The CPSC’s Office of Information and Public Affairs sends the news releases to national wire services, major metropolitan daily newspapers, television and radio networks, and periodicals on the agency's news contact mailing list. News releases from the Commission receive wide media attention and generate a good response rate from consumers.

Each recall news release should use the word "recall" in the heading and should begin, "In cooperation with the U.S. Consumer Product Safety Commission (CPSC)...."

Recall news releases must include the following:

  • The name and location of the recalling firm
  • The name of the product
  • The number of products involved
  • A description of the hazard
  • The number of deaths, injuries, and incidents involving the product
  • Detailed description of the product, including model numbers, colors, sizes, and labeling
  • A line drawing or photograph of the product
  • Major retailers and where and when the product was sold and retail cost
  • Complete instructions for consumers on how to participate in the recall

CPSC posts recall news releases on its Internet web site (available via: or and requests companies to provide color photographs of recalled products for the web site.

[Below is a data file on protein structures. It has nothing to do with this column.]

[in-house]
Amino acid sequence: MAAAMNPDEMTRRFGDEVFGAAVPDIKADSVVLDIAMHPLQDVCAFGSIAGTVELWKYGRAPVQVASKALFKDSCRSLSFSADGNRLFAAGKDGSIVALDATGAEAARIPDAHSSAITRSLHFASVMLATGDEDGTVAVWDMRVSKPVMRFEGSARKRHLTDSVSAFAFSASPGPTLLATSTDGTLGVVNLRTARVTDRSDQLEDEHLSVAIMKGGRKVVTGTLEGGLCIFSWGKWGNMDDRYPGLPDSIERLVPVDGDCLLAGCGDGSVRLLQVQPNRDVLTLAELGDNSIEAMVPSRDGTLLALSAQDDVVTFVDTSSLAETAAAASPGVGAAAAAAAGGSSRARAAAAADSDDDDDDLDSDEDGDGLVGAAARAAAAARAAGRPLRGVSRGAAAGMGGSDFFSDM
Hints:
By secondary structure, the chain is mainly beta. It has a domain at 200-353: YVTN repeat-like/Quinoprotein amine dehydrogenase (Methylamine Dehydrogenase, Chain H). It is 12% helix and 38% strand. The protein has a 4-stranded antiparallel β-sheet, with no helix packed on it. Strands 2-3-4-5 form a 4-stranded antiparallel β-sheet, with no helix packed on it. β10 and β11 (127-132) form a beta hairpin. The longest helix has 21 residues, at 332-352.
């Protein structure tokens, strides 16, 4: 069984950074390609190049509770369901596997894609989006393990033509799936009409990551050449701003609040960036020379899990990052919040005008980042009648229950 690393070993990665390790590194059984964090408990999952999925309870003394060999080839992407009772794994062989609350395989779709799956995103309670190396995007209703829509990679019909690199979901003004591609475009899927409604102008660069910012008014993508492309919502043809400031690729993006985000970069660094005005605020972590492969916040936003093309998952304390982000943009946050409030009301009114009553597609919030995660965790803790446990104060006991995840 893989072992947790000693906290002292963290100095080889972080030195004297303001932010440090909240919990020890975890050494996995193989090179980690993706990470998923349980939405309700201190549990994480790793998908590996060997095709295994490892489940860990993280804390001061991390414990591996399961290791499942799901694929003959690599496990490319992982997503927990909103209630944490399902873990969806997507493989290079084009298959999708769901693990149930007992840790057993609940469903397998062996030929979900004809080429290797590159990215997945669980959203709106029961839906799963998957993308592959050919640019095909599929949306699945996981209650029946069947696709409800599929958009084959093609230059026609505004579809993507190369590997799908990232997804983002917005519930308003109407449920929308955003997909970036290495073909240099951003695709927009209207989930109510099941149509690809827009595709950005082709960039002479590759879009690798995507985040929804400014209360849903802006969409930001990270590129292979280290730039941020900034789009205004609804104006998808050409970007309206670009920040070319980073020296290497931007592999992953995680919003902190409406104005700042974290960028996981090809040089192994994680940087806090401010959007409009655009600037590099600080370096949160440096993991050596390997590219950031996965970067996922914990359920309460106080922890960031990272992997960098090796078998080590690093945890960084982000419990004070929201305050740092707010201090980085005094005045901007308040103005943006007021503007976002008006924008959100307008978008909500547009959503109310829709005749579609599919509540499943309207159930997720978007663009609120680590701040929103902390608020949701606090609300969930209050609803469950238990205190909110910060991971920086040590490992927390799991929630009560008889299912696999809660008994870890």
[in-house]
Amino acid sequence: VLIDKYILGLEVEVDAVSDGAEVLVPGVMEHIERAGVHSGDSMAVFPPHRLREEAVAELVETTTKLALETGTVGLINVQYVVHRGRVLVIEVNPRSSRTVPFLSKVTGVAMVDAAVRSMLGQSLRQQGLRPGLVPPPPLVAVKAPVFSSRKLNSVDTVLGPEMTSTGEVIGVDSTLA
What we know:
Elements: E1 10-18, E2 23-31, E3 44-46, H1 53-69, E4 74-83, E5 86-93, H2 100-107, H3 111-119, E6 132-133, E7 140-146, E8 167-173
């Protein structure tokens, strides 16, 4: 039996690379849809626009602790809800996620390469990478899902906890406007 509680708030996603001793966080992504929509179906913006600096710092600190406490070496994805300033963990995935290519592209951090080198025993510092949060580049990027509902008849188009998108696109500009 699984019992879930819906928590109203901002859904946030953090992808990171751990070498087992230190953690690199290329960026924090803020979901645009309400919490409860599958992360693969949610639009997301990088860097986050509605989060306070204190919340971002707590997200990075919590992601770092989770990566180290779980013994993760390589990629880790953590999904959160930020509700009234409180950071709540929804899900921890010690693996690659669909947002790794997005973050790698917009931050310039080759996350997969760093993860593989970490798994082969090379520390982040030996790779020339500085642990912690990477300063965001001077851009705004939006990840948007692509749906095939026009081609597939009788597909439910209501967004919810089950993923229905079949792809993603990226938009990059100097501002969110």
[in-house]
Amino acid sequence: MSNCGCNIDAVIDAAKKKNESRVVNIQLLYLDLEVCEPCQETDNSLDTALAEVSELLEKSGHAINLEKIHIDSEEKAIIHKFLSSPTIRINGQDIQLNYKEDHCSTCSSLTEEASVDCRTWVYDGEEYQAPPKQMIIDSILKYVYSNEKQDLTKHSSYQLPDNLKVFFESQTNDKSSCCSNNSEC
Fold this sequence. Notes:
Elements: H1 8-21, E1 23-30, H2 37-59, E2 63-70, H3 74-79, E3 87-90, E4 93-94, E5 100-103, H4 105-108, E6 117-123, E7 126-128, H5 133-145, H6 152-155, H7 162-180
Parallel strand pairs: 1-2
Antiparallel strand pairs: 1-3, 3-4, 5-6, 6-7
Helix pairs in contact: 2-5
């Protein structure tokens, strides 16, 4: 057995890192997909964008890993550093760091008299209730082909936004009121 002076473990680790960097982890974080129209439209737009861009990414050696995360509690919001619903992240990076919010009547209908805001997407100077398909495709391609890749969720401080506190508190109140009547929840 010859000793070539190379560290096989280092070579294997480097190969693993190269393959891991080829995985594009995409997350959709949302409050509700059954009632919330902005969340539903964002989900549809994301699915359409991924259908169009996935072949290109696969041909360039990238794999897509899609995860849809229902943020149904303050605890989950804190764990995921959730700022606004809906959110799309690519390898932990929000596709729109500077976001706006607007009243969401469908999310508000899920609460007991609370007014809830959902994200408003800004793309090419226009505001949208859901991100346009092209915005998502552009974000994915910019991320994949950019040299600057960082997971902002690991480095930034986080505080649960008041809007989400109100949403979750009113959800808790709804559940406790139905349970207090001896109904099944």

Recall Alerts

When a recalling firm has the ability to reach all owners of a recalled product through direct notification (for example, by registration cards, membership or loyalty cards, catalog sales, credit card purchases, extended warranty sales, etc.), the staff will prepare a recall alert in the form and style of a press release. It will be posted on the CPSC website (available via: or so consumers can confirm and verify the Commission is involved in the recall. Summaries of recall alerts are also provided to national wire services.

Video News Releases

A video news release (VNR) is a video version of the written news release that describes the recall in audio-visual terms. Distributed via satellite to television stations nationwide, it is an effective method to enhance a recall announcement. A VNR increases the chances that television news media will air information about a recall because it effectively provides news of the recall to television news producers in the form that they need.

Commission staff works with firms to produce VNRs announcing recalls. Like news releases, VNRs need to communicate basic information clearly and concisely. VNRs should incorporate the same information as the news release, as well as video images of the product. They often also include brief statements of firm officials and/or the Chairman of the Commission. When writing a VNR script, remember that, if this information is to reach consumers, television networks or local stations must pick it up -- which means that the script must be written for television producers.

A brief guide describing how to produce a VNR is available from the Office of Compliance upon request or at: